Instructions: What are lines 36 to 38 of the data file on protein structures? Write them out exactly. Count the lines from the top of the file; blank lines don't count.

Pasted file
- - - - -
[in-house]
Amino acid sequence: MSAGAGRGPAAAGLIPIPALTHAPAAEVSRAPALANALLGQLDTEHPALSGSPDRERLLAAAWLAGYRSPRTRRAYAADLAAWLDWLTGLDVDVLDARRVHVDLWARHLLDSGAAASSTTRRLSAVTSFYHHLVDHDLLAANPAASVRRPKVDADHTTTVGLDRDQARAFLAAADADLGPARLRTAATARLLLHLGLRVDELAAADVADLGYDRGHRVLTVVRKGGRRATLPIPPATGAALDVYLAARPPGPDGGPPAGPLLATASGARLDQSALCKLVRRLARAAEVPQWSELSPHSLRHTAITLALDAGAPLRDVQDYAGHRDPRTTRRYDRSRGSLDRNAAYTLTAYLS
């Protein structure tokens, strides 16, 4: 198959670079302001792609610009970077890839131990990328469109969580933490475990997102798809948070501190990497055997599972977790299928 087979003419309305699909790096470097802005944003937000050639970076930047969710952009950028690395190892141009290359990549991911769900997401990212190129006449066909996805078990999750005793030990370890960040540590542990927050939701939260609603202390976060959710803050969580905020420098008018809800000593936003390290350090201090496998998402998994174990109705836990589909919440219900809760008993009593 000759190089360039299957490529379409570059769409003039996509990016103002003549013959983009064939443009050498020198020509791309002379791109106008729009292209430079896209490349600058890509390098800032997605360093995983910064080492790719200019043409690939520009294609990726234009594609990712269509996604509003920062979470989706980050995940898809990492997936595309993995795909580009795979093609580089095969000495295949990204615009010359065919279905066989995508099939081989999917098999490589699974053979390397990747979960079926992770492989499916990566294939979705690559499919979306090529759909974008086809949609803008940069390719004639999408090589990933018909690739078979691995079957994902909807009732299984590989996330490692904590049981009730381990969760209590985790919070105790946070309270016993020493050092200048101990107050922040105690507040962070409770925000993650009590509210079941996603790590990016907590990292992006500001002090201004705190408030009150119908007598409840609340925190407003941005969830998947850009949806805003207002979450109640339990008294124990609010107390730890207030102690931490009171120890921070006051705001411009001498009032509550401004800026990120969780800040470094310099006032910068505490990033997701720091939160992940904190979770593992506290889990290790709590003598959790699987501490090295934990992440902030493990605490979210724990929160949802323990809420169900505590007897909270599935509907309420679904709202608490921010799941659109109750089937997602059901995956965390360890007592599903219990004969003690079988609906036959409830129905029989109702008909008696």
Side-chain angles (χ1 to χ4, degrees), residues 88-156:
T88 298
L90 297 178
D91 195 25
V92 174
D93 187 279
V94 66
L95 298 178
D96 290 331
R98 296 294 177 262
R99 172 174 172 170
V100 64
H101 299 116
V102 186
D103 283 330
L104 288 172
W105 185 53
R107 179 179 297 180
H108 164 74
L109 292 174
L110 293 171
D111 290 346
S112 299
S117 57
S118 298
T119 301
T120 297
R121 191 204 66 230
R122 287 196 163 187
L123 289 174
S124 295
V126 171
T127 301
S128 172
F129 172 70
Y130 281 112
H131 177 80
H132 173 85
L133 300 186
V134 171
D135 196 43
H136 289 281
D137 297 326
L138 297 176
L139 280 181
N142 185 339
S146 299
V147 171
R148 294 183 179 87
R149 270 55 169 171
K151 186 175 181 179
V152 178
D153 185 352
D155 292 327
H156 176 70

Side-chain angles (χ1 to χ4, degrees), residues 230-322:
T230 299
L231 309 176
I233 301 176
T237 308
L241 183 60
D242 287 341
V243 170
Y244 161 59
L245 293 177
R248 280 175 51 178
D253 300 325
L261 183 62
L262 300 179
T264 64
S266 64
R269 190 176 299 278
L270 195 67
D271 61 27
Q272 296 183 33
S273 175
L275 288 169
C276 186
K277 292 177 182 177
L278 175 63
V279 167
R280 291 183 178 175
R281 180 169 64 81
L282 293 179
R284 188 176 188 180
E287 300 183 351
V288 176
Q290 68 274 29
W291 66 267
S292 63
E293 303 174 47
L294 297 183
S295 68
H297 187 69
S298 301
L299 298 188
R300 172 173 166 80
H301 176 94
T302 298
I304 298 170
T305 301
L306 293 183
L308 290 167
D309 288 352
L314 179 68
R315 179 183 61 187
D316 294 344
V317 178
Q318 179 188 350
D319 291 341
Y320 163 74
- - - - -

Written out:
T127 301
S128 172
F129 172 70